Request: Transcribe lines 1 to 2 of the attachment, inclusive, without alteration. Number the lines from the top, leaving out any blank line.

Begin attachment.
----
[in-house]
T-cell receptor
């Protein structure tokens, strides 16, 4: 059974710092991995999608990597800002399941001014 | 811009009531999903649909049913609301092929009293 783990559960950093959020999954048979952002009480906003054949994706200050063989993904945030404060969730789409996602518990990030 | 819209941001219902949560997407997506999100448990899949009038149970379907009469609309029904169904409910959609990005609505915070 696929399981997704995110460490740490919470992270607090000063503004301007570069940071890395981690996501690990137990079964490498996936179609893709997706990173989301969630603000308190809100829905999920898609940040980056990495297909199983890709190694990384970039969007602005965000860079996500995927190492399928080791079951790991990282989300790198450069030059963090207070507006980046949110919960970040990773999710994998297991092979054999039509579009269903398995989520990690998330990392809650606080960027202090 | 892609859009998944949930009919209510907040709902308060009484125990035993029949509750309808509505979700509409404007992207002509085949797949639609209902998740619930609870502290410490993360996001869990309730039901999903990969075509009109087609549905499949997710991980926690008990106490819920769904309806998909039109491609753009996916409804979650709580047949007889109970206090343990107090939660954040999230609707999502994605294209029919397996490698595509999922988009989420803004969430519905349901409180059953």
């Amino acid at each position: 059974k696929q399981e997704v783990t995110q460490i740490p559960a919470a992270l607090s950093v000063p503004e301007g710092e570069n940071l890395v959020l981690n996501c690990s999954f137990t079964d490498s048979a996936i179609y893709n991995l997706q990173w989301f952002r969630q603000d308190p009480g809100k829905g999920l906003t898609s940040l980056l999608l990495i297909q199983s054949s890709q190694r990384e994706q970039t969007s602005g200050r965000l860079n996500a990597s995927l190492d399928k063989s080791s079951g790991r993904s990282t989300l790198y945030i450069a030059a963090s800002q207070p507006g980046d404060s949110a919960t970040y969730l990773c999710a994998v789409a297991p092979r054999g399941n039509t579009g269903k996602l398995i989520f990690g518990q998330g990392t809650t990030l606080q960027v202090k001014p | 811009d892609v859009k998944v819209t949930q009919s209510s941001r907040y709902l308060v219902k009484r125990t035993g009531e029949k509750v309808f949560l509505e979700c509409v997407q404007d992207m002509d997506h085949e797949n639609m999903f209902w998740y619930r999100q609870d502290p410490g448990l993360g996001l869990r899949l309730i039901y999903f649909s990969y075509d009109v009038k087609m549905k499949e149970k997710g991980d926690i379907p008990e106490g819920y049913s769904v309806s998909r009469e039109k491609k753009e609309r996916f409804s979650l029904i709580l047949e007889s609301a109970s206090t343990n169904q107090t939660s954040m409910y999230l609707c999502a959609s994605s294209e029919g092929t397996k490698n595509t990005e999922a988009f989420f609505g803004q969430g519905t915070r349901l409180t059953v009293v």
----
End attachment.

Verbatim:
[in-house]
T-cell receptor